Fluid Power Journal

New Head of Sustainability for Continental’s Industrial Business

Hanover, Germany, June 3, 2024. Anne Windberg Baarup took over the management of the sustainability department for Continental’s group sector ContiTech on June 1, 2024. She is now responsible for the strategic direction and global management of sustainability activities for the company’s industrial business. In her new position, she reports directly to Claus Peter Spille, head of Operations at ContiTech. Baarup has been working for Continental for eight years in various functions. She has extensive experience in the areas of materials technology, HR and organizational development. Most recently, the 46-year-old was employed as head of Material Technology Solutions for Continental’s tire business, where she actively promoted the research into and implementation of sustainable materials. In addition, Anne Windberg Baarup will drive the further expansion of sustainable production facilities at ContiTech worldwide.

Ambitious goals and concrete steps: focus on material substitution

A central focus of ContiTech’s sustainability strategy is the substitution of conventional materials with more sustainable alternatives. This includes both bio-based and, above all, recycled materials.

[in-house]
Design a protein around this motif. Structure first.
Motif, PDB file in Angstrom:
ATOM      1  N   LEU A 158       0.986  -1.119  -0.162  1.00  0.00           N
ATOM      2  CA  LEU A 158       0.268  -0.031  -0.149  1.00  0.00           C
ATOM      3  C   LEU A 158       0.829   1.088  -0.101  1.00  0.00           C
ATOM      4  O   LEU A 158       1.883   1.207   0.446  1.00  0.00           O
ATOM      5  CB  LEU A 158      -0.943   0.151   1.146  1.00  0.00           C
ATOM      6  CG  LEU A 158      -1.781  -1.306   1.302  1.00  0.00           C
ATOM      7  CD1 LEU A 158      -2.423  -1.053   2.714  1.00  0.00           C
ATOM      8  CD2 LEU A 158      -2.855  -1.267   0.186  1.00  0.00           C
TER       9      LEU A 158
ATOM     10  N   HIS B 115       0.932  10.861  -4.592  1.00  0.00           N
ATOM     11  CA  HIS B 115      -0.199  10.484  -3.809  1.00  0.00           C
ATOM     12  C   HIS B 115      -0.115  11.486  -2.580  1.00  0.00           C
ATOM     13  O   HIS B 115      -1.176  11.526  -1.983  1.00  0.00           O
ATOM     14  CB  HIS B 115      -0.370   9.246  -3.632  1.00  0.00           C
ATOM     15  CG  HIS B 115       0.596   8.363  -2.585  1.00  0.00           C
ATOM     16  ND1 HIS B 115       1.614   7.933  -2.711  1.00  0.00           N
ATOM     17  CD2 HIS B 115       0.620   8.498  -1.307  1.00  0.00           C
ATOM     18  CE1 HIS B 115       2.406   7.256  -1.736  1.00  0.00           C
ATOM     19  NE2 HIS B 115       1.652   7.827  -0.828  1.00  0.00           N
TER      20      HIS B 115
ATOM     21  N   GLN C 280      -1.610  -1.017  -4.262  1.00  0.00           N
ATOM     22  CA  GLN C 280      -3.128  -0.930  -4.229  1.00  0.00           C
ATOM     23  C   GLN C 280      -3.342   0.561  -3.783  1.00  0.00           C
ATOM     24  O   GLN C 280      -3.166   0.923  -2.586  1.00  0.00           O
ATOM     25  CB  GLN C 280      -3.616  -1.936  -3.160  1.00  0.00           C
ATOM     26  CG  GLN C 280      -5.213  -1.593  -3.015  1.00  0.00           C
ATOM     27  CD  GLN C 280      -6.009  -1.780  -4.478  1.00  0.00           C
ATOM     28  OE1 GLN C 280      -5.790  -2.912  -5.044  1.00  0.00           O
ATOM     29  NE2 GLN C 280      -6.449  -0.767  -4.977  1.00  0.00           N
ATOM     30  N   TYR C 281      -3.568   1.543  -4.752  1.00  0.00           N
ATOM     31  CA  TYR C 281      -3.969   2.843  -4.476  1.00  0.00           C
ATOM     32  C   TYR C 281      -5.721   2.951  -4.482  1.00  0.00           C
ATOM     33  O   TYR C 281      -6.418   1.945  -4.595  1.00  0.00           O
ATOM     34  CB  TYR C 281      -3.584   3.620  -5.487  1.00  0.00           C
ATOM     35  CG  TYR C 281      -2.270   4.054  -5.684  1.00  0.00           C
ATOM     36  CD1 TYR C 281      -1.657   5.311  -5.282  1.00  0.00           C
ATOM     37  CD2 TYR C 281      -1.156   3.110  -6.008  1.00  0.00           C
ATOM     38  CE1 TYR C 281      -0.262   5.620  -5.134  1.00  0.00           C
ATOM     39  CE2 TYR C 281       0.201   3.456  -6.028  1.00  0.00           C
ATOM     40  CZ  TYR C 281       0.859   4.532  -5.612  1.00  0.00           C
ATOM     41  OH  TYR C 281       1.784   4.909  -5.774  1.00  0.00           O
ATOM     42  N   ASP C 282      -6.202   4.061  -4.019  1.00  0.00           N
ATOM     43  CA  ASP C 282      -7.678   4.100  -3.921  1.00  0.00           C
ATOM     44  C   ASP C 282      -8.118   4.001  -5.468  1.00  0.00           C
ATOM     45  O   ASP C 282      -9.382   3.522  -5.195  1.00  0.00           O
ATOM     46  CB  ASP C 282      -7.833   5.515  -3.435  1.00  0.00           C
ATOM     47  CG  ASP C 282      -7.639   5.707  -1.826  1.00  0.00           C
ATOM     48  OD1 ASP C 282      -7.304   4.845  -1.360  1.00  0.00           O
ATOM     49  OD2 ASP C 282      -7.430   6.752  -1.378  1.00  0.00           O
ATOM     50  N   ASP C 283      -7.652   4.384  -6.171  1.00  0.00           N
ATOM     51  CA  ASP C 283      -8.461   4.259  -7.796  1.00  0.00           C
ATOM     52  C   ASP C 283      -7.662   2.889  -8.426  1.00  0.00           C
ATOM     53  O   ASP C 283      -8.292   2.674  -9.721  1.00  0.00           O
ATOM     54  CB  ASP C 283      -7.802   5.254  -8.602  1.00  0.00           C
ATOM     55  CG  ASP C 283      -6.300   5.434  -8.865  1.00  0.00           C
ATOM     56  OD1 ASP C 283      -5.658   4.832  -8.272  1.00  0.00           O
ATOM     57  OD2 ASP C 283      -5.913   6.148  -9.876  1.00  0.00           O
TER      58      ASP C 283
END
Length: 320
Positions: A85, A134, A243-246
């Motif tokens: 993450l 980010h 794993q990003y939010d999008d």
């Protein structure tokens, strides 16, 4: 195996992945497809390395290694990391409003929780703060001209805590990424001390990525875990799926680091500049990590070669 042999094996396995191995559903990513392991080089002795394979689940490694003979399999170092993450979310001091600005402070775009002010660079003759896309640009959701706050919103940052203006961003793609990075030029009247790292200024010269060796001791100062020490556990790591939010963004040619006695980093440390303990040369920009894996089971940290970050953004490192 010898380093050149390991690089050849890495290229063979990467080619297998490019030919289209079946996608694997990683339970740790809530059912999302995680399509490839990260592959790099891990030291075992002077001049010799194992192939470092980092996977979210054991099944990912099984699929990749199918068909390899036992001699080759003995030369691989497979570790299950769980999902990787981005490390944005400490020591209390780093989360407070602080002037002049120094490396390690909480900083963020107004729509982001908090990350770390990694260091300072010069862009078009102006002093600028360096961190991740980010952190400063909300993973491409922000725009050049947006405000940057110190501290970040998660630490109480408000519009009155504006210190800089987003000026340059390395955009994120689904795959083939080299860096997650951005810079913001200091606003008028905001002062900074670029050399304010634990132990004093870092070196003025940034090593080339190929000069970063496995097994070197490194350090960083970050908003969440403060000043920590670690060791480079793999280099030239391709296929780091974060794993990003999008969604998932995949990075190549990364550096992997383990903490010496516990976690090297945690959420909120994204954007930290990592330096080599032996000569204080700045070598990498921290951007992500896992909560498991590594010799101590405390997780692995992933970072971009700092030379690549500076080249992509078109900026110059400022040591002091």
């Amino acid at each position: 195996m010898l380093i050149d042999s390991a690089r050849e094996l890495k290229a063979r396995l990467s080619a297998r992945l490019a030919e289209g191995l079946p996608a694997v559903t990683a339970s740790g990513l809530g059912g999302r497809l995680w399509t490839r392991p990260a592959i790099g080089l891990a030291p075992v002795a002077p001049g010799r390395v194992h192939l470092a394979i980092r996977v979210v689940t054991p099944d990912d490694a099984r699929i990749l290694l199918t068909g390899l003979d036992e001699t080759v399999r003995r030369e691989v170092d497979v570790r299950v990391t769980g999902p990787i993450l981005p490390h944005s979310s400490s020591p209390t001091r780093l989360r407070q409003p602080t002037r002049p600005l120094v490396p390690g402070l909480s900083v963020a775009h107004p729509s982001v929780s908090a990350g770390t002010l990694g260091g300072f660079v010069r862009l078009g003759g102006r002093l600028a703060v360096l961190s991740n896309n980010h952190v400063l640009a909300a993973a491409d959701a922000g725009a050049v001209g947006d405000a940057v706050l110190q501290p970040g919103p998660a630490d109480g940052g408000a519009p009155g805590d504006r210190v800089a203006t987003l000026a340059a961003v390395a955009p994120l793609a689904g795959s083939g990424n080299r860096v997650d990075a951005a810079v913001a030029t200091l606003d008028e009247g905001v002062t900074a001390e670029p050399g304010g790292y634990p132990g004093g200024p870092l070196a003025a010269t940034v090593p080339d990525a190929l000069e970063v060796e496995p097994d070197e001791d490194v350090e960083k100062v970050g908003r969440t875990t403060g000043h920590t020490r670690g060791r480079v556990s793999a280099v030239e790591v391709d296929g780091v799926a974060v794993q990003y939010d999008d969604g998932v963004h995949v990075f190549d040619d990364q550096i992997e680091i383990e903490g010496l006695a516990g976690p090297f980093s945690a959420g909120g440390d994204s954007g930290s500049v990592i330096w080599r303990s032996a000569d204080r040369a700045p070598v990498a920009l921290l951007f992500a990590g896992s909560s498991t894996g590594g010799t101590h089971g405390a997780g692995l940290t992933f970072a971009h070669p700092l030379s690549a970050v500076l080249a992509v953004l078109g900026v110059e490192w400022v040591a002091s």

Sustainable and recycled materials are already being used in different ContiTech products today, including, for example, the artificial leather skai® VyP Coffee, which is made from coffee grounds reused to produce breathable upholstery fabrics. In addition, ContiTech has developed concepts to increase the proportion of sustainable materials in existing products, such as air springs, and to reduce the CO2 footprint. The company uses sustainable natural rubber, bio-based oils and plasticizers as well as recycled steel bead wires instead of conventional raw materials.

As part of its research and development activities in the field of sustainability, the company collaborates closely with partners along the entire value chain. Continental is currently working with start-ups and university groups from the Innovation Network for Advanced Materials (INAM) to find a rubber alternative that can replace the fossil-based material in the air bellow for air suspension systems in buses, trucks and trains. 

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